Facebook has publicly admitted that its platform was used by governments seeking to manipulate public opinion in other countries, including during the presidential elections in the US and France. The company released a white paper which detailed how well-funded and subtle techniques used by nations and other organizations to spread misleading information and falsehoods for geopolitical goals. These efforts go well beyond “fake news”, the company said, and include content seeding, targeted data collection and fake accounts that are used to amplify one particular view, sow distrust in political institutions and spread confusion. The company stated:
“We have had to expand our security focus from traditional abusive behavior, such as account hacking, malware, spam and financial scams, to include more subtle and insidious forms of misuse, including attempts to manipulate civic discourse and deceive people,”
During the French Election that happened in 2017, the company suspended 30,000 accounts in France before the presidential election. The company said it was a priority to remove suspect accounts with high volumes of posting activity and the biggest audiences. The company also explained how it monitored “several situations” that fit the pattern of information operations during the US presidential election. The company detected “malicious actors” using social media to share information stolen from other sources such as email accounts “with the intent of harming the reputation of specific political targets”. This technique involved creating dedicated websites to host the stolen data and then creating social media accounts and pages to direct people to it.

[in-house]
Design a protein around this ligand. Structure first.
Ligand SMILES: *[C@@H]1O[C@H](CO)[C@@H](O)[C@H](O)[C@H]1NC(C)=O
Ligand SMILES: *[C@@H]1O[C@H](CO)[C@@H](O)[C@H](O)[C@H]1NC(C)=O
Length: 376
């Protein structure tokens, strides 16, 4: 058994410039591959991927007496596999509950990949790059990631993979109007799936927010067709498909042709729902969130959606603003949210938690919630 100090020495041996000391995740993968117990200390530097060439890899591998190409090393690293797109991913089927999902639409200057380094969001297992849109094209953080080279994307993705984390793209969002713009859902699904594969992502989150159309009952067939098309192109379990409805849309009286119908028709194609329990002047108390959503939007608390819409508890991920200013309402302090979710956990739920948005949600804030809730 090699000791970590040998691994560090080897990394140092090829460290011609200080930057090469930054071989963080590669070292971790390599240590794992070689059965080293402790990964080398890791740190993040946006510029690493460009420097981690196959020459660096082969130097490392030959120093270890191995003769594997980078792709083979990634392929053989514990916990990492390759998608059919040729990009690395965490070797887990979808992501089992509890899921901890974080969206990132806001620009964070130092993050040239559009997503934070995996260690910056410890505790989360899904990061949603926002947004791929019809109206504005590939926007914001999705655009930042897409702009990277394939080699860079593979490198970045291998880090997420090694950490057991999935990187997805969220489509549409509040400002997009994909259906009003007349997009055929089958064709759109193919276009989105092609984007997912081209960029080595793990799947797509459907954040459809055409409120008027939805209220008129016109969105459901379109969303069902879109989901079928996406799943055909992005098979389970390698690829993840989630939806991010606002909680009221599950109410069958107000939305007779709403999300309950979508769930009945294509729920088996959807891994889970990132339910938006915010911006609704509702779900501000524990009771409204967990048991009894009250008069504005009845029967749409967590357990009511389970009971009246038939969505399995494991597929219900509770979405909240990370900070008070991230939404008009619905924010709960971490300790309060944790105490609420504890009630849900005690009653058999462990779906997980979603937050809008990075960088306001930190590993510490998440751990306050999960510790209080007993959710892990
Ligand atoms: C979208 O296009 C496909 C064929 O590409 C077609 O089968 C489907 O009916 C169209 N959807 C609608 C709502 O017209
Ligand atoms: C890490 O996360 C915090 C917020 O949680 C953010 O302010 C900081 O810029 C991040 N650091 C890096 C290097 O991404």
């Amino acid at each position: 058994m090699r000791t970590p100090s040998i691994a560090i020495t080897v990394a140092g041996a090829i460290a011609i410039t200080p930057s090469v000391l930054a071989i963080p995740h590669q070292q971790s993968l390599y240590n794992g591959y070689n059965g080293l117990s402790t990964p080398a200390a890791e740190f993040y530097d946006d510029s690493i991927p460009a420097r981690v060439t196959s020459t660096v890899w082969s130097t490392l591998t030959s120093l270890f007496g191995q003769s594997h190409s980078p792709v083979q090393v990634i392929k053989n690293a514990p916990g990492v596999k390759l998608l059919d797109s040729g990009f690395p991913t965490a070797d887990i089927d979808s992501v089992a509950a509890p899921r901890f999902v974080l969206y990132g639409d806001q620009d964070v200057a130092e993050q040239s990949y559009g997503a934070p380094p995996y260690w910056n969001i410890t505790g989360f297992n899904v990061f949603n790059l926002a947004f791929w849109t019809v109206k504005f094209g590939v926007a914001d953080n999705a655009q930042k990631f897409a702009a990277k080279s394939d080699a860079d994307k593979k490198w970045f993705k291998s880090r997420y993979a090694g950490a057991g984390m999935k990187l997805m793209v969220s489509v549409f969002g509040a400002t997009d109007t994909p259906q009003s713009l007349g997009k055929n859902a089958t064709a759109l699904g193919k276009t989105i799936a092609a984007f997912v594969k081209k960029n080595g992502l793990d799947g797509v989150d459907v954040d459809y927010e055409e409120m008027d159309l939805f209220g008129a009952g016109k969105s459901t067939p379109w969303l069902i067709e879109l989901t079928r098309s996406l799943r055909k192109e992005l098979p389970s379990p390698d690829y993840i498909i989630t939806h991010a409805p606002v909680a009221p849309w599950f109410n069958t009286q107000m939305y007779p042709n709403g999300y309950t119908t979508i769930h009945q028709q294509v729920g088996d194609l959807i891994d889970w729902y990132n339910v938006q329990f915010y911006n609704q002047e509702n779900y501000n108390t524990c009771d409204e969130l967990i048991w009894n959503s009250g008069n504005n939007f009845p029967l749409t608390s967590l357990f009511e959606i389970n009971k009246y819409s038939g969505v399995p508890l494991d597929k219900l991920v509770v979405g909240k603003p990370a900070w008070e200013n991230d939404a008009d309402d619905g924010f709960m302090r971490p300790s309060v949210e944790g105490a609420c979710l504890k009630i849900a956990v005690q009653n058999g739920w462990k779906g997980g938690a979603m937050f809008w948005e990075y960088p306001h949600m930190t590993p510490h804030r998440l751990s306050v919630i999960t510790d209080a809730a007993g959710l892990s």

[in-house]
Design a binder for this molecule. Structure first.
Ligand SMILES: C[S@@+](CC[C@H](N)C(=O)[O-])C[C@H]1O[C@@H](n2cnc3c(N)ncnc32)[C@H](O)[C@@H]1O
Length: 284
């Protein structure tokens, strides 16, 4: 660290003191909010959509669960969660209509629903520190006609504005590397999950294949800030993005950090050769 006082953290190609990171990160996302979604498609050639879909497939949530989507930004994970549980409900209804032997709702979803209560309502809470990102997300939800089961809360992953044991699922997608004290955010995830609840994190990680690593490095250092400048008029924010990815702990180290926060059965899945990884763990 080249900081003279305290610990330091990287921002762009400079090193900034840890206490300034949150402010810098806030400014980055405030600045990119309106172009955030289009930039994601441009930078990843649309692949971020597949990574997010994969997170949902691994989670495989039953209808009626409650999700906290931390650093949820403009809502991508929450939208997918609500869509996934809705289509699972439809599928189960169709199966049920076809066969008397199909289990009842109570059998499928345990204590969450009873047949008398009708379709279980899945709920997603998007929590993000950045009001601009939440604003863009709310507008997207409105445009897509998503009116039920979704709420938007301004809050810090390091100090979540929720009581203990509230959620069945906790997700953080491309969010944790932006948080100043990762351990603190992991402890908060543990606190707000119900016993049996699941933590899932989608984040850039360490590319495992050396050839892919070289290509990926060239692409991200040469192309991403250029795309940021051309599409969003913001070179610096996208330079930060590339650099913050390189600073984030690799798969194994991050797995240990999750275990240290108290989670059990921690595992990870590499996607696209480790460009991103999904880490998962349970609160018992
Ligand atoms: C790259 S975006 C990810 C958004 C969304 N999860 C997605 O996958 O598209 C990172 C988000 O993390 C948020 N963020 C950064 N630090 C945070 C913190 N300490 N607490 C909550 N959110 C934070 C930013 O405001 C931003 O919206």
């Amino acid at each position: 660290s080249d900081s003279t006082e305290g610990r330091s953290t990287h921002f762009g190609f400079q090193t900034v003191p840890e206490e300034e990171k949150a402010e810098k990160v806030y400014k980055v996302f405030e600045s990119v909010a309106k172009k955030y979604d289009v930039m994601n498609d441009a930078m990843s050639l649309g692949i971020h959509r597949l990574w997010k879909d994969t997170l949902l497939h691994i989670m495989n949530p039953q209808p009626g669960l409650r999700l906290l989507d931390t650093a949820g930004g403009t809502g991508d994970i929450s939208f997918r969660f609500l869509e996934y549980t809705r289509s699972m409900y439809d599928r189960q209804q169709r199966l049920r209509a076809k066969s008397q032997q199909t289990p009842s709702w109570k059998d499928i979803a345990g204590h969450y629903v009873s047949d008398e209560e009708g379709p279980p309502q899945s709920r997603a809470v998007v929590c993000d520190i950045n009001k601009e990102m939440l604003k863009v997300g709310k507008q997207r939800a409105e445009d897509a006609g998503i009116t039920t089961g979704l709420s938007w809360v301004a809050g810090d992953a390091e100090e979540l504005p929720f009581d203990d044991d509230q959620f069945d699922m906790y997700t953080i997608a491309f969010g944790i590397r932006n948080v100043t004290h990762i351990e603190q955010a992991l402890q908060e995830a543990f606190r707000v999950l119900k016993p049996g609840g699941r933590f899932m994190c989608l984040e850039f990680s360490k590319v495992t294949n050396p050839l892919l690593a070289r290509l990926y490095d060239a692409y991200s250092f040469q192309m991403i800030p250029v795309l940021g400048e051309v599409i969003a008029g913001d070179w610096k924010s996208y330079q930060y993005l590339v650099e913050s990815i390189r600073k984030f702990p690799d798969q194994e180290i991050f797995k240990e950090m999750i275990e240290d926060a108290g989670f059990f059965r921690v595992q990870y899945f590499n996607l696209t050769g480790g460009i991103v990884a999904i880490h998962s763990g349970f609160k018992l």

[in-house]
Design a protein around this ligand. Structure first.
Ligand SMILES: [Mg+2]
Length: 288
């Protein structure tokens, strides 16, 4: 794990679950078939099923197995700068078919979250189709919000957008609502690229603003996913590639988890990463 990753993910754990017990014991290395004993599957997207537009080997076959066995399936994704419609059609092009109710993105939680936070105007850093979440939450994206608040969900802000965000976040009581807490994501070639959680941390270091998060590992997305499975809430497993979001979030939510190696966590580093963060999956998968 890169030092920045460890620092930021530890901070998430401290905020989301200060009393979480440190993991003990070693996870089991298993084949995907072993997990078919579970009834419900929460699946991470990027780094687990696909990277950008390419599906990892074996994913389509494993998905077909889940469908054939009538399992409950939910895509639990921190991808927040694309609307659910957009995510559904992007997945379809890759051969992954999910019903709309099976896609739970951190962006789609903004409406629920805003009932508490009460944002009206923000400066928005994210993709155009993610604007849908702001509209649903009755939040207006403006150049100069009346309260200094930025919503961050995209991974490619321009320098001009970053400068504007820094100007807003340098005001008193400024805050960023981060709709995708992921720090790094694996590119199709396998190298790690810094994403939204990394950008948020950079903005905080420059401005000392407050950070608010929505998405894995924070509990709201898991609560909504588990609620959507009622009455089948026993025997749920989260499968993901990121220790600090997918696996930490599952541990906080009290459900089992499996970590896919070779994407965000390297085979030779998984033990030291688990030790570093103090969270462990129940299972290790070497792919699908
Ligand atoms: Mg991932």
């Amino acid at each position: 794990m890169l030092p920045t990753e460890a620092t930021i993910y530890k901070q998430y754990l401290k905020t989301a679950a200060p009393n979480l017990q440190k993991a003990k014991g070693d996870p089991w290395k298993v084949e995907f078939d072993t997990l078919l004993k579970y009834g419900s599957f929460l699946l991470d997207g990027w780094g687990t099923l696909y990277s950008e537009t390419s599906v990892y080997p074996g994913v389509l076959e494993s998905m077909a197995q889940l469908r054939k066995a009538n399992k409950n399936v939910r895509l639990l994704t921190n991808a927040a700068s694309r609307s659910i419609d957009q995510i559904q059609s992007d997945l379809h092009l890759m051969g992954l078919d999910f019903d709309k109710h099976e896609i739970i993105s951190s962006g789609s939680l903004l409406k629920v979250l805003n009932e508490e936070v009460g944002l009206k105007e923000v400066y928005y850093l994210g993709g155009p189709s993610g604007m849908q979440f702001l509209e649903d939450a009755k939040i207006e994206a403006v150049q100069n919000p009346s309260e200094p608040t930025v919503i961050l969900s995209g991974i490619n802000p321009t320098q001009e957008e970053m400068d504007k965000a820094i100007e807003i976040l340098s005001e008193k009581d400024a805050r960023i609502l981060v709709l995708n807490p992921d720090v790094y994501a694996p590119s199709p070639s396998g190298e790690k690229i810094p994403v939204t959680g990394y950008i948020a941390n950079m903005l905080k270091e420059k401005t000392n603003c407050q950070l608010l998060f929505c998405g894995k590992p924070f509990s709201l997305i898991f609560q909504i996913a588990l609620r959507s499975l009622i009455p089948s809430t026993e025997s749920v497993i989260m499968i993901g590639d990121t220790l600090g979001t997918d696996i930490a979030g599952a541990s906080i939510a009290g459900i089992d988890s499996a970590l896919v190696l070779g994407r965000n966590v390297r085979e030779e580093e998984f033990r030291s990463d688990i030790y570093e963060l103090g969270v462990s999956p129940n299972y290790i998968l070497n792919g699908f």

In another report, it was revealed how China used Facebook to spread propaganda. This was particularly interesting as Facebook is banned in mainland China. The Chinese government bans Facebook as it is believed to be a powerful tool for disseminating information and influencing opinion. As if to prove this belief outside its borders China uses it to spread state-produced propaganda around the world, including the United States. So much do China’s government and companies value Facebook that the country is Facebook’s biggest advertising market in Asia, even as it is the only major country in the region that blocks the social network. Each quarter, China’s government, through its state media agencies, spend hundreds of thousands of dollars to buy Facebook ads, according to a person with knowledge of those deals, who was unauthorized to talk publicly about the company’s revenue streams. With President Trump’s visit to China last year China’s propaganda efforts were placed in the spotlight by those looking to reign such efforts.
Further pressure placed on Facebook, as seen when the company was hauled before Congress in connection with Russian state meddling in the last election, will result in decreased earnings. Some critics argue that it is the tightrope walked by the company, on one side an ethical duty, the other profit is what will ultimately determine how Far Facebook is willing to go in combatting the exploitation of the social media platform. Often in such decisions, it is ultimately the desire for more profit that wins the day.